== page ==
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Most of Them Don’t Have Any Bullets

December 26, 2008 Bethlehem, Christmas Eve. I’m at the Church of the Nativity in Manger Square with Tariq, trying to get into midnight mass. We’re pushing and being pushed. Tariq has a big film camera and a Barbie-pink press card … Read More

By / March 16, 2009
December 26, 2008
Bethlehem, Christmas Eve. I’m at the Church of the Nativity in Manger Square with Tariq, trying to get into midnight mass. We’re pushing and being pushed. Tariq has a big film camera and a Barbie-pink press card he got from God knows where. All evening we’ve driven round the town, a simple route made circuitous by roadblocks, and he’s flashed the press card, and mostly the soldiers have let us through.

I have never seen so much hardware in my life – feel like I should be packing myself. There are vans of soldiers in camouflage, police on every corner, some in blue, others in green with black woollen headgear, pulled down to their eyes and up over their mouths, keeping out the cold.

At the entrance to the church nervous men in suits talk into their jackets and have curly white wires coming out of the back of their heads. Then there’s us, and about a million awestruck tourists from all over the world.

People from Bethlehem don’t really come here for midnight mass, says Tariq, although they’d like to. You need a ticket to get in, and those are hard to get – unless you’re a visitor or a politician, like the Palestinian president Abu Mazen, who’s coming here tonight. But Tariq got tickets earlier today, and he pushes me ahead of him, waving them at officials who are holding back the crowd.

In the church lobby it’s kind of frenzied, with a step-through metal detector, like an airport check-in speeded up with guns. ‘No photos,’ a security man says, and Tariq has to hand his camera in. He gets into an argument with one of the guards, and I stand there trying to look relaxed, thinking, Christ, just one bullet and there’d be a Rambo-style shootout in this place.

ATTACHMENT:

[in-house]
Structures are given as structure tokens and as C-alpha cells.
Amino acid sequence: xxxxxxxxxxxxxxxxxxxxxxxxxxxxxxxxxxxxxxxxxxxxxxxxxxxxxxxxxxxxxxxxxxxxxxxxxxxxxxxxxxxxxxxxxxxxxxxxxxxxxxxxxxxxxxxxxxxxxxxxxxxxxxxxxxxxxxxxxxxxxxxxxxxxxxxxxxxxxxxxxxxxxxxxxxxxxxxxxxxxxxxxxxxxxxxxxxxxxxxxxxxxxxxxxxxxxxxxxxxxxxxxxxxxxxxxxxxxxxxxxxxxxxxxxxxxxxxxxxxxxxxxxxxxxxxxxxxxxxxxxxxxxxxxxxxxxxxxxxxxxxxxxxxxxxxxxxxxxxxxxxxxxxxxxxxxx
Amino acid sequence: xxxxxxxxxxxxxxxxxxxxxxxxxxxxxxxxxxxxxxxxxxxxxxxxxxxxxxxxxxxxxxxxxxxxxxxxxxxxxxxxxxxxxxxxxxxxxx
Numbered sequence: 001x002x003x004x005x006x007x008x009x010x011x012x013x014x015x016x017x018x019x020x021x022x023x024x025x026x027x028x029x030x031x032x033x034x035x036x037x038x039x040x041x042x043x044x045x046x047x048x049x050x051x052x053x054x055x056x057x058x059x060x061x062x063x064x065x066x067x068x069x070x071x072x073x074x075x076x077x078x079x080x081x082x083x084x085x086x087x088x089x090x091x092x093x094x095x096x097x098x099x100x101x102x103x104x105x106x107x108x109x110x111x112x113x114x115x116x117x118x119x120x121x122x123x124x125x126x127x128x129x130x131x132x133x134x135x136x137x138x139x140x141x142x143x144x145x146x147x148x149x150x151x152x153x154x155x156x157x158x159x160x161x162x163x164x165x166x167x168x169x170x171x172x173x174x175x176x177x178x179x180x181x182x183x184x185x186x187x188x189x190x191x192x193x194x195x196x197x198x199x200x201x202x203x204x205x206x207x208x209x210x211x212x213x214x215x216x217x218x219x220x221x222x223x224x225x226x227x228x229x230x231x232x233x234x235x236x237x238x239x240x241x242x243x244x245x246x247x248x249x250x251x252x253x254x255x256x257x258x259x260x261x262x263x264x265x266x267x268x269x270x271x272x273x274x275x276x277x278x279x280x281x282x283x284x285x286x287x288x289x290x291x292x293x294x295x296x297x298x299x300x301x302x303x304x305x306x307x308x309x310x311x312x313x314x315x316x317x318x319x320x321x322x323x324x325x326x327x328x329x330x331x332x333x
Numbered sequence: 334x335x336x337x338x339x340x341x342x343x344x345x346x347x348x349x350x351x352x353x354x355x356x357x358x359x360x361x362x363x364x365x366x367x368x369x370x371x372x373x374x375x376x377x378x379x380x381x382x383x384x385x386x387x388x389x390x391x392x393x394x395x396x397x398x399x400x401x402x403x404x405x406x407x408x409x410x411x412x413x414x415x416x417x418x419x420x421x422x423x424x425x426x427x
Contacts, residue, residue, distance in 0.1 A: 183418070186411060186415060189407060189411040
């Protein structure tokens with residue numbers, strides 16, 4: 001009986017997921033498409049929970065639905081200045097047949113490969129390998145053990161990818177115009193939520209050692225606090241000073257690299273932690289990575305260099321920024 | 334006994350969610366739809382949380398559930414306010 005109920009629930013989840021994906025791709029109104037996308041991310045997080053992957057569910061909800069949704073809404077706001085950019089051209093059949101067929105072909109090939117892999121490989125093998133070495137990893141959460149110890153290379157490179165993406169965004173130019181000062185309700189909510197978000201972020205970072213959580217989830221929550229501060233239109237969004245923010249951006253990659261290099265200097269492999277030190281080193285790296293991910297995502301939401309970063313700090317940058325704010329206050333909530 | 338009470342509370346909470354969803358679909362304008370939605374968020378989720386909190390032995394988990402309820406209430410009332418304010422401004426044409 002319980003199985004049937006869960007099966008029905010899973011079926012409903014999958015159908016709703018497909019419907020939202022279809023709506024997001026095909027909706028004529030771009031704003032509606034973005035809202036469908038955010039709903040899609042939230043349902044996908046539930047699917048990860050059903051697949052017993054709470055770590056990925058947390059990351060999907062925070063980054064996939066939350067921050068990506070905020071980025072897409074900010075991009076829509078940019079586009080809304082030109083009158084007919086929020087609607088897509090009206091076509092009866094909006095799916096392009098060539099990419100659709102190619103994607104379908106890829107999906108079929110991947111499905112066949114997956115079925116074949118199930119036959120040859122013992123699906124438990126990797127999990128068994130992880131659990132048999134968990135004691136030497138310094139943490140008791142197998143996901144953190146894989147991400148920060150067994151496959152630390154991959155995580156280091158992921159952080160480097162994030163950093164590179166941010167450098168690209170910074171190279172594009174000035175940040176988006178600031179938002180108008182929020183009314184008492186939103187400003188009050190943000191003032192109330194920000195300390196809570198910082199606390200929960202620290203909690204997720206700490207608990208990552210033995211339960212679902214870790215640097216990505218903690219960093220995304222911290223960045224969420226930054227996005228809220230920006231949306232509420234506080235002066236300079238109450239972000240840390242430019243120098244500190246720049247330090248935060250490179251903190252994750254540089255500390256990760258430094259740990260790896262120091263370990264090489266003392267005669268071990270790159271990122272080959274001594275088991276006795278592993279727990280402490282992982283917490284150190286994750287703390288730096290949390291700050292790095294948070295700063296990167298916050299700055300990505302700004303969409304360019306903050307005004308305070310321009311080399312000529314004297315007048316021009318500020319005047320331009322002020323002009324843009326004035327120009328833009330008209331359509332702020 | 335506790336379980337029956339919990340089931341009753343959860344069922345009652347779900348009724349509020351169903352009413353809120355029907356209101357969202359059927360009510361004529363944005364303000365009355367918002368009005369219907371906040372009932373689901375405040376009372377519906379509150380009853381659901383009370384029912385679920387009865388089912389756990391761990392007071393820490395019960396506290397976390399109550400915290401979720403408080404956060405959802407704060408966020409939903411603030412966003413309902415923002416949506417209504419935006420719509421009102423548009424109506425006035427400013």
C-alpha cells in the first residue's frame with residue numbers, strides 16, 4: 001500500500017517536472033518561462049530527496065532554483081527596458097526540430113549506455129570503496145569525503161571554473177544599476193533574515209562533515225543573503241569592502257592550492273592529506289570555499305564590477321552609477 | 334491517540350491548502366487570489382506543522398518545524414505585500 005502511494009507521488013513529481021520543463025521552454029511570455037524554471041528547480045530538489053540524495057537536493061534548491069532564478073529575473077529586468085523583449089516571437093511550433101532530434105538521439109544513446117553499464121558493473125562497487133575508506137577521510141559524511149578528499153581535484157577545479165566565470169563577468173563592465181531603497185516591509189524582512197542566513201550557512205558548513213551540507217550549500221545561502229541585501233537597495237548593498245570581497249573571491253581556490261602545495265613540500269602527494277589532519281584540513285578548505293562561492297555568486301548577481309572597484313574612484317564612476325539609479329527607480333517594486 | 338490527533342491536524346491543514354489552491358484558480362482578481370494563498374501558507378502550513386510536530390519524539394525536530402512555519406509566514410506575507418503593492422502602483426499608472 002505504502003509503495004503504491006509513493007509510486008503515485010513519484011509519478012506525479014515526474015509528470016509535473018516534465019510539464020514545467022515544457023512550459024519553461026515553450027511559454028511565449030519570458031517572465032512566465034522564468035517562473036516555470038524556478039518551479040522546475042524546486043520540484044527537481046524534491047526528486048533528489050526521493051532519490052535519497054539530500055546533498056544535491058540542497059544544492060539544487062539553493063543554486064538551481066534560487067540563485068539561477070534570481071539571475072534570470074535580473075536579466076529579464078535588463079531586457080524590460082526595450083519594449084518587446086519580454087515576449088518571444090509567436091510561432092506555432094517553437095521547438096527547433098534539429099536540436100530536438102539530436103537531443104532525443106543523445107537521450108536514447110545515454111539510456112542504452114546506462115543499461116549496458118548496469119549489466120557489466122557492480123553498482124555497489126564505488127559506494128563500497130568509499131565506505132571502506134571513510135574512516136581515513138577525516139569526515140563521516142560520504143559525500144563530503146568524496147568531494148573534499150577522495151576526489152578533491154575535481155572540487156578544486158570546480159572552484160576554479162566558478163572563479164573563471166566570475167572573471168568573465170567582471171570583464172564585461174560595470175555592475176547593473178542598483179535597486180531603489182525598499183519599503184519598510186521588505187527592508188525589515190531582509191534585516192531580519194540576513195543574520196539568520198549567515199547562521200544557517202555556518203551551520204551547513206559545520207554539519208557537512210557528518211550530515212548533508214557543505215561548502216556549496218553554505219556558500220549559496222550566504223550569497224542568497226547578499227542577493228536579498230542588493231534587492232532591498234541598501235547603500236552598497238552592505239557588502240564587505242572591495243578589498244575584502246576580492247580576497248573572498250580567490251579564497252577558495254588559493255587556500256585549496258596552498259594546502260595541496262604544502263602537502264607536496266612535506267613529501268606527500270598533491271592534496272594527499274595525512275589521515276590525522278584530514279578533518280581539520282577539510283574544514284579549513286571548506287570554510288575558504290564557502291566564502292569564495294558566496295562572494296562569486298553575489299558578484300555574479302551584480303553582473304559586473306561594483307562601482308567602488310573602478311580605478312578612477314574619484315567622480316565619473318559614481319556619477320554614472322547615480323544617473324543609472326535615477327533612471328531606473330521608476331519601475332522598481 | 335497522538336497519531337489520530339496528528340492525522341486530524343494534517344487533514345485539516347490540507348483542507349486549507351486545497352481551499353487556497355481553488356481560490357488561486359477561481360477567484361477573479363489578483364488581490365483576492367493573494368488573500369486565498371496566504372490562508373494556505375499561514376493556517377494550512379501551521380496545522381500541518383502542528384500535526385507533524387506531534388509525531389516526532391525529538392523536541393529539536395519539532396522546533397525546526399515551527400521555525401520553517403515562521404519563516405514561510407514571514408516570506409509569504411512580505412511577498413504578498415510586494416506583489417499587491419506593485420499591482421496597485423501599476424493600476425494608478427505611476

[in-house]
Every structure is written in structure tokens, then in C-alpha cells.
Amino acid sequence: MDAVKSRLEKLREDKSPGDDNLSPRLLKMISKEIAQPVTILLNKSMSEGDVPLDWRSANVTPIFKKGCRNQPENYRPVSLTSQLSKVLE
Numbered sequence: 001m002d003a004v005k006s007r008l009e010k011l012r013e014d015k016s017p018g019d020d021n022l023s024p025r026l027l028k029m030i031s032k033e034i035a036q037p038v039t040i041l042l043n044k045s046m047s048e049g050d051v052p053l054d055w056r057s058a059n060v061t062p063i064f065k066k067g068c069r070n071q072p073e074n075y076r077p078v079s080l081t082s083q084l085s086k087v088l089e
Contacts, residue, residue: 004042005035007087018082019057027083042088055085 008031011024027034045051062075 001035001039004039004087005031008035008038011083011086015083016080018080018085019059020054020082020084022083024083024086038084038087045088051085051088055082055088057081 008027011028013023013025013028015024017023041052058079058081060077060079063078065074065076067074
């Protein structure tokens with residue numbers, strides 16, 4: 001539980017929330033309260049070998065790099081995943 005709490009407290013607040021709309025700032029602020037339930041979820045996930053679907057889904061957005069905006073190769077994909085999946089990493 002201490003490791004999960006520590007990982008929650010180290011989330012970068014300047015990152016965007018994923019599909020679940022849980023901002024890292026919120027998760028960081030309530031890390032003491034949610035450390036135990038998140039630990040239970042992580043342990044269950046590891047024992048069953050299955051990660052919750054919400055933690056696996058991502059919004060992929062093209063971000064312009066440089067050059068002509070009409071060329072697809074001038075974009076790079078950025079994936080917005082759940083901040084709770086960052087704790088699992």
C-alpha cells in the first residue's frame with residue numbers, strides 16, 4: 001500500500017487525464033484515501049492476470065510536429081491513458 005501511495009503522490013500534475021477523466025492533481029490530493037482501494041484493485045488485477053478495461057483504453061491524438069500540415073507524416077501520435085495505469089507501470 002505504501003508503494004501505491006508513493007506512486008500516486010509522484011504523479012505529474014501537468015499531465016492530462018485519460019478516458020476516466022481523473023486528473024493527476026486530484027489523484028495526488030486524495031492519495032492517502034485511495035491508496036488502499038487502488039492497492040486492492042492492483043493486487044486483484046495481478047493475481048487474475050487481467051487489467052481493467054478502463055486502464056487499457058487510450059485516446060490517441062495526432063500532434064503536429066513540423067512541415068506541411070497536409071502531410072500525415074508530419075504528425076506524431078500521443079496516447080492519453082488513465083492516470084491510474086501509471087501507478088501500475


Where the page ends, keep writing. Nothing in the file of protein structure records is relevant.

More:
‘Don’t worry,’ says Tariq, looking at me. ‘Most of them don’t have any – how do you call them?’

‘Bullets?’

‘Yeah – most of them don’t have any bullets. It’s not like you think.’ He goes back to arguing with the guard.

I look down and see a little guy with a moustache sitting in a chair. He’s one of a cluster of officials, just kind of hanging around. He has on a navy flying jacket and holds a metal detector in his hand, which he keeps running over his arm-pocket zip and giggling as he sets it off. He tries it out on the buttons, and it goes off again. I catch his eye and giggle. His superior barks out something stern, but stifles a smile as he turns his head away.

The service is packed so we stand in the corridor, which is lined with bodyguards sweating into their suits. Tall men in dark overcoats pace about. Each politician or important person has his own security detail, Tariq says, and there are some here to protect the priests.

A wave of people pushes forwards. ‘Back! Back! Get back! Do you understand English? Get back!’ shouts one of the overcoated men, pushing us up against the wall, and a troop of black berets marches someone down the corridor, hurrying him through a side-door, which is then slammed shut. This happens several times. Each time a different man and a different style of uniform.

Abu Mazen arrives. He’s feet away, walking smartly, with snow-white hair. His men rush him into the room and slam the door. Minutes later it opens again and the Palestinian president is hustled past us, into the service at the heart of the church.

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